There was unpleasant news today as Governor Bill Richardson signed a bill that will allow people who have permits to carry concealed weapons to take them into restaurants that serve beer and wine.
You know, like the places you and I take our children to.
The legislation was introduced during the most recent regular session by Sen. George Munoz, a Democrat, who had complained in the press that his gun was stolen from a locked car while in the possession of his sister – in the state of Nevada. If people were allowed to take their guns with them while they ate, they wouldn’t be stolen from their cars, Sen. Munoz argued.
Never mind that the incident that prompted Sen. Munoz to sponsor this bill took place in another state. Never mind that none of the bill’s supporters could produce any statistics showing that this is an actual problem in New Mexico.
The whole premise – that people should be able to bring concealed guns into places where alcohol is served – goes against common sense, not to mention specific studies done by non-partisan think tanks like the Virginia Center for Public Safety.
“I just think it’s a terrible idea,” said Sen. Eric Griego, a Democrat who opposed the bill and spoke out against it. “Families who go to restaurants now have to worry about whether someone may or may not be carrying a weapon.”
Griego acknowledged that permitted gun carriers may have great intentions to use their guns only for protection, but said he worries that accidents can happen whenever a dangerous weapon is present.
Griego said the new law puts restaurant owners – many of whom opposed the bill – in an unenviable position of enforcing the new law.
Griego said he tried to amend the bill to include a measure that would require restaurants to post a notice indicating whether they allow concealed guns or not – forcing the issue so customers would know. That amendment failed, he said. Now, if a restaurant doesn’t post a notice, it can be assumed that they allow concealed carry guns.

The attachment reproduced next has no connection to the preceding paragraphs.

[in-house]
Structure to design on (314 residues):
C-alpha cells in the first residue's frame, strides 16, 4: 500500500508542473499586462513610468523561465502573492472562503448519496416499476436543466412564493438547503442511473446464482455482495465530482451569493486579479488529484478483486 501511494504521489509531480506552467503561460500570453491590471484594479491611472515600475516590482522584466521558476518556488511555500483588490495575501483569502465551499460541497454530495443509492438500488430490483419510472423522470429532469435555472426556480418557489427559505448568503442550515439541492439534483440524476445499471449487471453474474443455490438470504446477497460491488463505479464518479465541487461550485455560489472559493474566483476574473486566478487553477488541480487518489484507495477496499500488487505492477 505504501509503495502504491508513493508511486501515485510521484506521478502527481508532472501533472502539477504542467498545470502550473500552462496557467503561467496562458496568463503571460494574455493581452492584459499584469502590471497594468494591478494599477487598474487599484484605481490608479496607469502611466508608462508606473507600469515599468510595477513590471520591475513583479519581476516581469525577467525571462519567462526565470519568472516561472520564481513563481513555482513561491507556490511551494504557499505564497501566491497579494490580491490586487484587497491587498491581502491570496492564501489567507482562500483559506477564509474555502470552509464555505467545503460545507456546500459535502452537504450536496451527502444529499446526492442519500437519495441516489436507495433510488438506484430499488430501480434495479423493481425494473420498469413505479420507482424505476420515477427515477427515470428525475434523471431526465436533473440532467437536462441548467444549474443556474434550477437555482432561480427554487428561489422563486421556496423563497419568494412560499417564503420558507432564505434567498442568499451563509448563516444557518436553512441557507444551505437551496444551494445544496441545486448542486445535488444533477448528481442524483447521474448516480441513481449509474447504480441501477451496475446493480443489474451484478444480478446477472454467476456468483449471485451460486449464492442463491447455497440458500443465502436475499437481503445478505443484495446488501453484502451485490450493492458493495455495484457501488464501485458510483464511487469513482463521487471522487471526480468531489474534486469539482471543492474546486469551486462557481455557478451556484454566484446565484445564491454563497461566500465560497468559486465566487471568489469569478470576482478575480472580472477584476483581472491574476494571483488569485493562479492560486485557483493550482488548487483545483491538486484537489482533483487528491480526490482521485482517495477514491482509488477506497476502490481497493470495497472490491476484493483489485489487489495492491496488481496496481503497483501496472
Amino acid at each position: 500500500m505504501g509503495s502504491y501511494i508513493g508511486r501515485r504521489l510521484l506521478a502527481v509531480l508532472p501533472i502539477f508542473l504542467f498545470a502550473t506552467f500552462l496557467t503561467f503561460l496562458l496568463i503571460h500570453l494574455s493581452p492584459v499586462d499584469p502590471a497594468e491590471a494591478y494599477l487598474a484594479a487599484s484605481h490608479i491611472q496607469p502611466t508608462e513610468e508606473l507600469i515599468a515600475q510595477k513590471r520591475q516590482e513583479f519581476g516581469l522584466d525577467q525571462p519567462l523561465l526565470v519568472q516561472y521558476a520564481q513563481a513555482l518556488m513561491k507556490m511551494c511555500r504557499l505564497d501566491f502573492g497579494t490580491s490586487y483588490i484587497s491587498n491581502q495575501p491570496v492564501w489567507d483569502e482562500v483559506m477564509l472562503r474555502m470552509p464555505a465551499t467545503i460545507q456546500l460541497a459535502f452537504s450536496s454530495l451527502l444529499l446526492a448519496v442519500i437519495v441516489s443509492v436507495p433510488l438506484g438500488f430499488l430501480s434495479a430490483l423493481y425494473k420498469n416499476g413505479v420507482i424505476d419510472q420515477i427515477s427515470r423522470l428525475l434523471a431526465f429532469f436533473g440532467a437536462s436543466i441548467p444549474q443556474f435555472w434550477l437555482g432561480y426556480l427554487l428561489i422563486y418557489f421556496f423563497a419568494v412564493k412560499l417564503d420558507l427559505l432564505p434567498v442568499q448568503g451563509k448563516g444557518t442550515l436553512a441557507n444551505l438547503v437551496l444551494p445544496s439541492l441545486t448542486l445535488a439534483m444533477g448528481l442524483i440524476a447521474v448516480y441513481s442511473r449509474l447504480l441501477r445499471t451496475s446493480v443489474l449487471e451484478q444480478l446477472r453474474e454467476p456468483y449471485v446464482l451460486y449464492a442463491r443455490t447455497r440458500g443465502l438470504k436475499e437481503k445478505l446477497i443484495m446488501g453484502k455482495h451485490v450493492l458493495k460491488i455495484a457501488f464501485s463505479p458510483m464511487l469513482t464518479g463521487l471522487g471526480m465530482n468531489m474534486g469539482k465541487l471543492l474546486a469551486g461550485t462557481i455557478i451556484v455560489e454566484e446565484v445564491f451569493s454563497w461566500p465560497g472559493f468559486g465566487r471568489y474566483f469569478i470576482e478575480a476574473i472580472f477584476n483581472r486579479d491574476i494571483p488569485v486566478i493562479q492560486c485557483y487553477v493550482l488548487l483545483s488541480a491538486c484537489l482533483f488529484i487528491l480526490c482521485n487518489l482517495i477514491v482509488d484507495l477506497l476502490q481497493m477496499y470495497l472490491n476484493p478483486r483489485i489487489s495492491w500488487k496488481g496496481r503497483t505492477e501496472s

In my opinion, Gov. Richardson played awfully coy with this gun bill. He put it on the call for a session that was supposed to focus on the budget. Then the Governor had a spokesman say that in no way should be taken as a sign that he supports the bill. Immediately after the session, Richardson declined to say whether he’d approve the bill, saying “We’ll have to wait and see.”
Today in his announcement, he said, “My decision to sign this bill came after much contemplation and thought. I heard strong opinions from both those for and against the bill. As the Governor of a western state, I know well the deep feelings that come with such a measure, but I also understand those feelings and beliefs must be tempered by the enactment of certain safeguards.”
Richardson also said today that he was directing the New Mexico Department of Public Safety to revise a regulation that would make it clear that those with concealed weapons could not consume alcohol.
Sorry, that’s not good enough.
Thank God that restaurants who reject this new law can opt out by posting a conspicuous notice telling patrons that concealed weapons are not permitted in their restaurant.
Let’s hope they all do.
I won’t take my family to the ones that don’t.